On April 20, activists in New York and DC plan to openly give away celebratory joints to people who got COVID-19 vaccine shots. And Senate Majority Leader Chuck Schumer (D-NY) is preparing to unveil a federal pot legalization bill.
A recent poll by Quinnipiac University found 69 percent of the public supports marijuana legalization — with 62 percent of Republicans in favor — and the policy has been embraced in either referendums or statehouses in 18 states plus DC. The Justice Department allows state-legal businesses to operate, even though marijuana possession remains a federal crime.
Some drug convicts are still serving “three strikes” life sentences under Biden’s 1994 law, but it’s unclear if any remain specifically for marijuana. The Biden law’s mandatory life sentence for a third serious drug conviction was reduced to 25 years by Trump’s First Step Act, but the reduction wasn’t retroactive.
Biden opposes marijuana legalization. White House Press Secretary Jen Psaki told The Post at a recent press briefing that his position “has not changed.” Five White House aides were recently fired after admitting they smoked marijuana.
But Biden gave a limited campaign trail mea culpa on his past support for harsh drug laws, including by promising to release pot inmates and acknowledging the uneven effects of drug laws.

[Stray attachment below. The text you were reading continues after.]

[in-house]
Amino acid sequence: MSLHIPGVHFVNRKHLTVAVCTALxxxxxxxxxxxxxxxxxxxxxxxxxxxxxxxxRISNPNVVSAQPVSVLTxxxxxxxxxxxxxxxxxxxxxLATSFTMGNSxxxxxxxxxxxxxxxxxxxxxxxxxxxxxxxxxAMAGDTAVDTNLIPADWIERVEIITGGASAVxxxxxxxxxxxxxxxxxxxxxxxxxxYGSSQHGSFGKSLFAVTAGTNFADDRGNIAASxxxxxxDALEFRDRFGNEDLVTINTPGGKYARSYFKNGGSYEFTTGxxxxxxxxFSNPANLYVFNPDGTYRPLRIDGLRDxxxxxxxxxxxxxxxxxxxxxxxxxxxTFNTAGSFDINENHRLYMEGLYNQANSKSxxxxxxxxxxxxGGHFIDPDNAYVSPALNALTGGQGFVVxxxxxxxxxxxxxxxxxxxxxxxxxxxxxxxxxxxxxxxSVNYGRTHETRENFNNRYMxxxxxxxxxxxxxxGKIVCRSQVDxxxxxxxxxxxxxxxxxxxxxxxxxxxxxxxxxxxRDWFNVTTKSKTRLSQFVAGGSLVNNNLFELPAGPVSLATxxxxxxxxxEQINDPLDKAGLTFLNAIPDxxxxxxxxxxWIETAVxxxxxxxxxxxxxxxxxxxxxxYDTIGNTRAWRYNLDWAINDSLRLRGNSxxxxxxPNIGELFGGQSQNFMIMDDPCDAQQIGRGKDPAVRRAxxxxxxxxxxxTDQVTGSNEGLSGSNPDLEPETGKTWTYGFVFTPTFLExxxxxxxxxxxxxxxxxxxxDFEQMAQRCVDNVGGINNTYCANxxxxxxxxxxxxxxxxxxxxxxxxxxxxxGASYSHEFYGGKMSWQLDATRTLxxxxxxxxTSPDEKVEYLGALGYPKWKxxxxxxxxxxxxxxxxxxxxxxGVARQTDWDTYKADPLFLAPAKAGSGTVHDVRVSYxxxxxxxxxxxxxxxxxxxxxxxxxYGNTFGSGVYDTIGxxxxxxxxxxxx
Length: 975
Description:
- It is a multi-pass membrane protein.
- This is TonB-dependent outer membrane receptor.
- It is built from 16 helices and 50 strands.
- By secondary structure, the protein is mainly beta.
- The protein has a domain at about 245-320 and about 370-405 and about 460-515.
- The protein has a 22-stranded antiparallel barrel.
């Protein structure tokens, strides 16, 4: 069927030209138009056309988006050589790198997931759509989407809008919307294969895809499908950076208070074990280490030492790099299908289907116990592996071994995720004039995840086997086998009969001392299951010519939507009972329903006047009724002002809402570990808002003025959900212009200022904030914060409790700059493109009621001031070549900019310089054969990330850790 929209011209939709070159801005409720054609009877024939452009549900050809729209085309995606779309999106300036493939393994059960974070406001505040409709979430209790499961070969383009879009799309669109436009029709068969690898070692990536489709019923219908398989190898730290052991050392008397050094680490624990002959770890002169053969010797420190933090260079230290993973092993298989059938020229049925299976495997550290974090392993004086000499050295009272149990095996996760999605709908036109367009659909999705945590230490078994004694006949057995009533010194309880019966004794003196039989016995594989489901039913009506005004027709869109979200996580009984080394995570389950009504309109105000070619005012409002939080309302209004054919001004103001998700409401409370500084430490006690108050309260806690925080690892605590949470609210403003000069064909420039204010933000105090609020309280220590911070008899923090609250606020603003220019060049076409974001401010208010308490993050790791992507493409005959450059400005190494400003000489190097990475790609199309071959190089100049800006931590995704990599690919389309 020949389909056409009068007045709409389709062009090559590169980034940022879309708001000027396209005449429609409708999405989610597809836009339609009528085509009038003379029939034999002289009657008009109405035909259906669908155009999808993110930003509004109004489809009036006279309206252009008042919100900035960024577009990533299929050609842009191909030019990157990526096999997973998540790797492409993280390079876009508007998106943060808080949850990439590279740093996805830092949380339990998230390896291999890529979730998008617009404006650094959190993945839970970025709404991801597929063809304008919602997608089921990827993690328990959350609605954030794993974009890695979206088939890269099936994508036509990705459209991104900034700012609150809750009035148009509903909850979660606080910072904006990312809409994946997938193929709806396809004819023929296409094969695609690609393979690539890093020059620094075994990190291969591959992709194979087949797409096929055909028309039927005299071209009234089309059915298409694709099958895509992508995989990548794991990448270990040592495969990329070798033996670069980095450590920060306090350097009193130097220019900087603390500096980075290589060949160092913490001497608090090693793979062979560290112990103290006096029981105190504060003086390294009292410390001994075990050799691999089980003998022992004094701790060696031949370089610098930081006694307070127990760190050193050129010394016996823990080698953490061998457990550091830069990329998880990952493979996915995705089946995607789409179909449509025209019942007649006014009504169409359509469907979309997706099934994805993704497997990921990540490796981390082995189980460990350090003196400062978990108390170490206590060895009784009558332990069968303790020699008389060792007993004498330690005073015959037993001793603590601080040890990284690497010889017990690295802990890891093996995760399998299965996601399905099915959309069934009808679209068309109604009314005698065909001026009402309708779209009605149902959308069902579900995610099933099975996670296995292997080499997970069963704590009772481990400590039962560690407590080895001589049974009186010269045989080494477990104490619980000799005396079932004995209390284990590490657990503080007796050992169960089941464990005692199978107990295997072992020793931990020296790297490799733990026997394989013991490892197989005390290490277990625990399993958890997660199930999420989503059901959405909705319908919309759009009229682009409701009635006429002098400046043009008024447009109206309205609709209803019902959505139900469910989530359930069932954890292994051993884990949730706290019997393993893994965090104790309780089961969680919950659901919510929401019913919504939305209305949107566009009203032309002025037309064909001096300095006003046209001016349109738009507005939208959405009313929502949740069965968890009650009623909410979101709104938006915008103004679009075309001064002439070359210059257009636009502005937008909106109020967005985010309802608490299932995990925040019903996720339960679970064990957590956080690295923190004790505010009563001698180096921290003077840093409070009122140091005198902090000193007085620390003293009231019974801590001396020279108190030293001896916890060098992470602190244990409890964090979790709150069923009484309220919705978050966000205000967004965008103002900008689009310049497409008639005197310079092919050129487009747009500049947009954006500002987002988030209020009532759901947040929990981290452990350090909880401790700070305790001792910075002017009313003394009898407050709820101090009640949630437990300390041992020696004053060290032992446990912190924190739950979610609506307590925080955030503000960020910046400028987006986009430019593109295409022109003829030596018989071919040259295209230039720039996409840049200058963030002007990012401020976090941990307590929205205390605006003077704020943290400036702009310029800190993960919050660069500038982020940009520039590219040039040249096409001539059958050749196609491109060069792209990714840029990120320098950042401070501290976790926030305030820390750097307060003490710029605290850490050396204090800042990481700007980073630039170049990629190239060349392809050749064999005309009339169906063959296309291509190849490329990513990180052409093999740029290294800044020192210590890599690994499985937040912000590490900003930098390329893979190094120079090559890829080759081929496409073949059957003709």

“We, white America, has to admit, there’s still a systematic racism and it goes almost unnoticed by so many of us,” Biden said in 2019.
Attorney Patrick Megaro, who advocated successfully for Cooper’s release, said, “I would like to see President Biden honor his commitment to criminal justice reform by using the authority given to the president in the Constitution to right the wrongs of the past, especially the results of the 1994 crime bill he sponsored as a senator. I believe President Biden owes it to the people and the families this law negatively impacted.”
Amy Povah, a prominent advocate and founder of the CAN-DO Foundation, which advocates for clemency, said that “it’s time to free all pot prisoners and put this chapter of prohibition in the rearview mirror.”
“It’s time to end the hypocrisy that allows some to rake in millions while others languish in prison even during a historic pandemic,” Povah said.
“Given that both President Biden and Vice President Kamala Harris took strong positions on the campaign trail to free the pot prisoners, decriminalize cannabis and expunge the records of those with cannabis convictions, we are anxiously awaiting to hear whether how that will come about,” Povah said.
In the meantime, Povah said, “It adds insult to injury that literally millions of people will be celebrating what has become a national holiday for cannabis enthusiasts on April 20th while people serving time for pot continue to languish in prison for engaging in the same activity that is now legal [in many states].”
Vice President Kamala Harris reportedly oversaw 1,900 marijuana prosecutions while she was San Francisco district attorney from 2004-2011, before saying in 2019 that she was herself a former pot user. She now supports making pot legal in a break with Biden.
The White House did not respond to a request for comment